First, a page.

MY POLISH BREAKFAST..
It was seven thirty am when I stumbled out of the shower. I dressed and entered a large room which had a panoramic view from the balcony .
“Good morning,” my Auntie greeted me in English, ushering me towards the dining table, which was laid for breakfast. “Minerala?” She asked, pouring the fizzy water into a large glass anyway, and urging me to drink.
I had only taken one sip of the carbonated beverage when my Auntie reappeared with a big jug of orange juice, she poured an amount into a glass and watched me to make sure I drank it. As soon as I started, she presented me with a pot of tea.
“Herbassa?” she asked, and started to fill a china cup.
I was in Poland to visit my dad’s sisters and my cousins. I had done some research on my family history and had found out that nearly all of the Sewina family had lived in a handful of villages near Namyslow, for the best part of four hundred years.
I gulped most of the rest of the bottle of fizzy water down, I needed something to re-hydrate me after all the Vodka and Beer I had consumed the previous day. I picked the tea cup up and started to raise it towards my lips. I could see my Auntie watching me, she had a big smile on her face, she was holding a slice of lemon with a pair of sugar tongs.
"Citrona?" she enquired, releasing the lemon into my tea cup with a little splash!
“Thank you” I nodded, taking a sip of the hot liquid. “Thank you, it’s good!” I said.
Now that I was drinking the lemon tea, my Auntie disappeared into the kitchen again. She soon reappeared with a glass jug of strong coffee, which she placed on a mat on the table in front of me. From somewhere she produced another cup and began to pour the nutty brown coloured liquid into it, she then added two heaped teaspoons of sugar and started to stir. The coffee smelt really good, so I swapped cups and took a slurp of the strong brown stuff, my Auntie, attentive as ever, hurried back to the kitchen and fetched a small jug of milk. “Mileko?” She asked, pouring a little into my coffee and stirring it. I now had five drinks in front of me including the milk. Oh yes, and a table full of good things to eat. There were cold meats, farmers cheese, yoghurts, bread rolls, hard boiled eggs, sliced tomatoes, cold sausages, gherkins, jam and pickled mushrooms. I didn’t really want anything to eat, so I played a kind of musical chairs with the array of drinks. I had a bit of a hangover and I remembered that my cousin’s husband had told me that a good cure was to drink the gherkin water. I looked at the gherkin jar on the table but I couldn’t face the contents. My Auntie, as ever saved the day by opening a bottle of the local beer and pushing it into my hand. It wasn’t quite eight am yet, “Peever, peever!” she said, insisting that I took a sip of ‘The hair of the dog!’ Of course, the moment that the beer touched my lips, she unscrewed the seal from a bottle of luxury potato vodka and threw the cap away, she produced two shot glasses and opened another bottle for herself. I didn’t eat much of the food that morning but my Polish breakfast was one experience that I’ll never forget! Ok, Joe?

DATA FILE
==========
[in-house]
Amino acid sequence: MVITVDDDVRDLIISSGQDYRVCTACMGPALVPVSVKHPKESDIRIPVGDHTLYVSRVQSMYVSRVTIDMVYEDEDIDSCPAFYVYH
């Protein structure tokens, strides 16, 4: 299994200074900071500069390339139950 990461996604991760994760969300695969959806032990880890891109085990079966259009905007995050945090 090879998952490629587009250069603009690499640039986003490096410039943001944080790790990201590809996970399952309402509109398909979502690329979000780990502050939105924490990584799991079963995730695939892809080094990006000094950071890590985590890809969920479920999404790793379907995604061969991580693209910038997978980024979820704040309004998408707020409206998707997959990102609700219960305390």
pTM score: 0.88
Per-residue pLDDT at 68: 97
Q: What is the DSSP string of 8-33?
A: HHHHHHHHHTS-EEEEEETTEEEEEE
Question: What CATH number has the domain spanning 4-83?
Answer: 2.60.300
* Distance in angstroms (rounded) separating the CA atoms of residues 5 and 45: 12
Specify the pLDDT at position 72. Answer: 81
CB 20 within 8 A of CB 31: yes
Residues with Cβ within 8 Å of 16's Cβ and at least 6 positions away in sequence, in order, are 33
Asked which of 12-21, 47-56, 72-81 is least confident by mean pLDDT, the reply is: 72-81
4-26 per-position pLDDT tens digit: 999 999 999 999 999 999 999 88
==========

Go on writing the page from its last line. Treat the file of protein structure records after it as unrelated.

We went to visit a friend at the weekend and he told us that he was having his fortieth birthday bash at the Kro bar on Oxford Road, opposite Manchester University. I told him that my mate told me that, the building used to be the headquarters of The Manchester Temperance Society. I drove past the University yesterday and I took another look at the location, I'm fairly sure that my mate was right, I remember the building myself and if it wasn’t where the Kro bar is now, it must have been right next door. Anyway, years ago me and my mate used to go in the Yates' Wine Lodge on Oldham Street, it was better known as The Blob Shop! In those days and it had spittoons and sawdust on the floor, it also had suicide toilets, they were downstairs and many a time someone would trip and fall down them after one too many Blobs! The bar is still there in Manchester’s re-branded Northern Quarter, today it is called Matt and Phred's Jazz Club. Getting back to Yates', there used to be a little notice behind the bar, it read: TRUE TEMPERANCE IS MODERATION! Ok, Joe?